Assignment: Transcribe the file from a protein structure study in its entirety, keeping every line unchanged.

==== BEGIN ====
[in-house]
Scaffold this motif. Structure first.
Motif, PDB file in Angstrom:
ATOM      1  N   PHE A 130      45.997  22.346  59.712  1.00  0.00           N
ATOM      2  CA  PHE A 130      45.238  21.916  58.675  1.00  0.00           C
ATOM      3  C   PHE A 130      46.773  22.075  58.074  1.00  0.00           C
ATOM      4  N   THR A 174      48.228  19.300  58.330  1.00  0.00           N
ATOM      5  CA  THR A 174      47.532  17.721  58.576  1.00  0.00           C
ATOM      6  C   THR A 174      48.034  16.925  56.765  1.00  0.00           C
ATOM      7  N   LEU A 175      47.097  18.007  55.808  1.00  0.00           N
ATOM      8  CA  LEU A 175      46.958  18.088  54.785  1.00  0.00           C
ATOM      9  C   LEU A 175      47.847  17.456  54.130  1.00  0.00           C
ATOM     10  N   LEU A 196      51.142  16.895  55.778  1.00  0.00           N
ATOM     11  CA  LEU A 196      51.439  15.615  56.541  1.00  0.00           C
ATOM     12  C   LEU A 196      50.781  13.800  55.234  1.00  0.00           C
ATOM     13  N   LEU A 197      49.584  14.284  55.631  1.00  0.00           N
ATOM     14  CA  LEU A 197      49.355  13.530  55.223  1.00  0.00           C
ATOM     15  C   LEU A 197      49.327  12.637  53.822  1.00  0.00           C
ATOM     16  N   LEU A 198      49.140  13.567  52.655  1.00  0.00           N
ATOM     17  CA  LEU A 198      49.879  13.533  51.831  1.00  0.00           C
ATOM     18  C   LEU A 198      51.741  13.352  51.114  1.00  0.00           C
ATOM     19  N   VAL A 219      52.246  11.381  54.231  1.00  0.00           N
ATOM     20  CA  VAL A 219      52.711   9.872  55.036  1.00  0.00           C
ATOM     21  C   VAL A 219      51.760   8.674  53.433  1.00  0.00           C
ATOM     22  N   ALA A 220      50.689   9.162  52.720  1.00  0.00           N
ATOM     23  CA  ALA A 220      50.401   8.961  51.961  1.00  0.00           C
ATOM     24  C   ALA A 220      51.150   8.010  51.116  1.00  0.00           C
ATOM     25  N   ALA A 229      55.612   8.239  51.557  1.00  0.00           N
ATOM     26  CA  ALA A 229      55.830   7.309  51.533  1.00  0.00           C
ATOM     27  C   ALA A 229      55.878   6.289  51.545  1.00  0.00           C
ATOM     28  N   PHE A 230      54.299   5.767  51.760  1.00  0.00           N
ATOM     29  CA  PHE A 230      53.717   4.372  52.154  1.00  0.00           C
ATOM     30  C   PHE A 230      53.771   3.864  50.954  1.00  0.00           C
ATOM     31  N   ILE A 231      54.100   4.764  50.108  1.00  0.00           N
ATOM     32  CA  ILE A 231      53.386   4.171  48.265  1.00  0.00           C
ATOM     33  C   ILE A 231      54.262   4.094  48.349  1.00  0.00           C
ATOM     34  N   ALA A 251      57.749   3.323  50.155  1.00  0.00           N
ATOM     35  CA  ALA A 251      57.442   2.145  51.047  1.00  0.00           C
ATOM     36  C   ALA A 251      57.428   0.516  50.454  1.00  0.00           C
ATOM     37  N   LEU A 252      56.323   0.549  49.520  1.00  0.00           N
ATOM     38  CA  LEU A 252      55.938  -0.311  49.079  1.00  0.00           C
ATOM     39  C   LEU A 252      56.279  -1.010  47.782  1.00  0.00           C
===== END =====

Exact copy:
[in-house]
Scaffold this motif. Structure first.
Motif, PDB file in Angstrom:
ATOM      1  N   PHE A 130      45.997  22.346  59.712  1.00  0.00           N
ATOM      2  CA  PHE A 130      45.238  21.916  58.675  1.00  0.00           C
ATOM      3  C   PHE A 130      46.773  22.075  58.074  1.00  0.00           C
ATOM      4  N   THR A 174      48.228  19.300  58.330  1.00  0.00           N
ATOM      5  CA  THR A 174      47.532  17.721  58.576  1.00  0.00           C
ATOM      6  C   THR A 174      48.034  16.925  56.765  1.00  0.00           C
ATOM      7  N   LEU A 175      47.097  18.007  55.808  1.00  0.00           N
ATOM      8  CA  LEU A 175      46.958  18.088  54.785  1.00  0.00           C
ATOM      9  C   LEU A 175      47.847  17.456  54.130  1.00  0.00           C
ATOM     10  N   LEU A 196      51.142  16.895  55.778  1.00  0.00           N
ATOM     11  CA  LEU A 196      51.439  15.615  56.541  1.00  0.00           C
ATOM     12  C   LEU A 196      50.781  13.800  55.234  1.00  0.00           C
ATOM     13  N   LEU A 197      49.584  14.284  55.631  1.00  0.00           N
ATOM     14  CA  LEU A 197      49.355  13.530  55.223  1.00  0.00           C
ATOM     15  C   LEU A 197      49.327  12.637  53.822  1.00  0.00           C
ATOM     16  N   LEU A 198      49.140  13.567  52.655  1.00  0.00           N
ATOM     17  CA  LEU A 198      49.879  13.533  51.831  1.00  0.00           C
ATOM     18  C   LEU A 198      51.741  13.352  51.114  1.00  0.00           C
ATOM     19  N   VAL A 219      52.246  11.381  54.231  1.00  0.00           N
ATOM     20  CA  VAL A 219      52.711   9.872  55.036  1.00  0.00           C
ATOM     21  C   VAL A 219      51.760   8.674  53.433  1.00  0.00           C
ATOM     22  N   ALA A 220      50.689   9.162  52.720  1.00  0.00           N
ATOM     23  CA  ALA A 220      50.401   8.961  51.961  1.00  0.00           C
ATOM     24  C   ALA A 220      51.150   8.010  51.116  1.00  0.00           C
ATOM     25  N   ALA A 229      55.612   8.239  51.557  1.00  0.00           N
ATOM     26  CA  ALA A 229      55.830   7.309  51.533  1.00  0.00           C
ATOM     27  C   ALA A 229      55.878   6.289  51.545  1.00  0.00           C
ATOM     28  N   PHE A 230      54.299   5.767  51.760  1.00  0.00           N
ATOM     29  CA  PHE A 230      53.717   4.372  52.154  1.00  0.00           C
ATOM     30  C   PHE A 230      53.771   3.864  50.954  1.00  0.00           C
ATOM     31  N   ILE A 231      54.100   4.764  50.108  1.00  0.00           N
ATOM     32  CA  ILE A 231      53.386   4.171  48.265  1.00  0.00           C
ATOM     33  C   ILE A 231      54.262   4.094  48.349  1.00  0.00           C
ATOM     34  N   ALA A 251      57.749   3.323  50.155  1.00  0.00           N
ATOM     35  CA  ALA A 251      57.442   2.145  51.047  1.00  0.00           C
ATOM     36  C   ALA A 251      57.428   0.516  50.454  1.00  0.00           C
ATOM     37  N   LEU A 252      56.323   0.549  49.520  1.00  0.00           N
ATOM     38  CA  LEU A 252      55.938  -0.311  49.079  1.00  0.00           C
ATOM     39  C   LEU A 252      56.279  -1.010  47.782  1.00  0.00           C